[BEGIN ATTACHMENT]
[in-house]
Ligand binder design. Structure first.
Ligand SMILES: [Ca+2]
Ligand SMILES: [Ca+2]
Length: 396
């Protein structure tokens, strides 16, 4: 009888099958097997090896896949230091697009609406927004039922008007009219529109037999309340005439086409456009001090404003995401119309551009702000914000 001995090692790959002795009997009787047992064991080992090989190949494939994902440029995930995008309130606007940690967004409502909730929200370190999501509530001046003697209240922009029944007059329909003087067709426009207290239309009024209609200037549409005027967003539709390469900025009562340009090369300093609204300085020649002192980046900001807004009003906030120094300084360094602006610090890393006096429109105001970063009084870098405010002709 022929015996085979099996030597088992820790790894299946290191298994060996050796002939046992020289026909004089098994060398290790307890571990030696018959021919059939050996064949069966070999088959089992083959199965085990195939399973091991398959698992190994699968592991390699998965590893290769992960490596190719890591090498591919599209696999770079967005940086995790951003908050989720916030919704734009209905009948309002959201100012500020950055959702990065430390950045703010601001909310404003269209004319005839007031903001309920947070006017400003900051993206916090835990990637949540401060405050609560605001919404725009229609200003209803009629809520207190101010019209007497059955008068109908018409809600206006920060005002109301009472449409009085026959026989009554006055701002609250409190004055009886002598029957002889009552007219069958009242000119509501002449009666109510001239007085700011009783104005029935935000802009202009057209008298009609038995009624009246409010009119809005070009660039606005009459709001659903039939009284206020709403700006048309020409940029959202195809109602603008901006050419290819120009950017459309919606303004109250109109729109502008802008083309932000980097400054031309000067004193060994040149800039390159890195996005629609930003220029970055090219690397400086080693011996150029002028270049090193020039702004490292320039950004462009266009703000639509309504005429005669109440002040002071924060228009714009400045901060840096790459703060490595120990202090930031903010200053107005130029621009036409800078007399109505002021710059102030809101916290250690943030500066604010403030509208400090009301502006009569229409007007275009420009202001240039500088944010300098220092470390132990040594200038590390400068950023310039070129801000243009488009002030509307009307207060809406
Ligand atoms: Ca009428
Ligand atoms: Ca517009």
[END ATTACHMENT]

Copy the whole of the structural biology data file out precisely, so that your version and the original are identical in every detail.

[in-house]
Ligand binder design. Structure first.
Ligand SMILES: [Ca+2]
Ligand SMILES: [Ca+2]
Length: 396
């Protein structure tokens, strides 16, 4: 009888099958097997090896896949230091697009609406927004039922008007009219529109037999309340005439086409456009001090404003995401119309551009702000914000 001995090692790959002795009997009787047992064991080992090989190949494939994902440029995930995008309130606007940690967004409502909730929200370190999501509530001046003697209240922009029944007059329909003087067709426009207290239309009024209609200037549409005027967003539709390469900025009562340009090369300093609204300085020649002192980046900001807004009003906030120094300084360094602006610090890393006096429109105001970063009084870098405010002709 022929015996085979099996030597088992820790790894299946290191298994060996050796002939046992020289026909004089098994060398290790307890571990030696018959021919059939050996064949069966070999088959089992083959199965085990195939399973091991398959698992190994699968592991390699998965590893290769992960490596190719890591090498591919599209696999770079967005940086995790951003908050989720916030919704734009209905009948309002959201100012500020950055959702990065430390950045703010601001909310404003269209004319005839007031903001309920947070006017400003900051993206916090835990990637949540401060405050609560605001919404725009229609200003209803009629809520207190101010019209007497059955008068109908018409809600206006920060005002109301009472449409009085026959026989009554006055701002609250409190004055009886002598029957002889009552007219069958009242000119509501002449009666109510001239007085700011009783104005029935935000802009202009057209008298009609038995009624009246409010009119809005070009660039606005009459709001659903039939009284206020709403700006048309020409940029959202195809109602603008901006050419290819120009950017459309919606303004109250109109729109502008802008083309932000980097400054031309000067004193060994040149800039390159890195996005629609930003220029970055090219690397400086080693011996150029002028270049090193020039702004490292320039950004462009266009703000639509309504005429005669109440002040002071924060228009714009400045901060840096790459703060490595120990202090930031903010200053107005130029621009036409800078007399109505002021710059102030809101916290250690943030500066604010403030509208400090009301502006009569229409007007275009420009202001240039500088944010300098220092470390132990040594200038590390400068950023310039070129801000243009488009002030509307009307207060809406
Ligand atoms: Ca009428
Ligand atoms: Ca517009």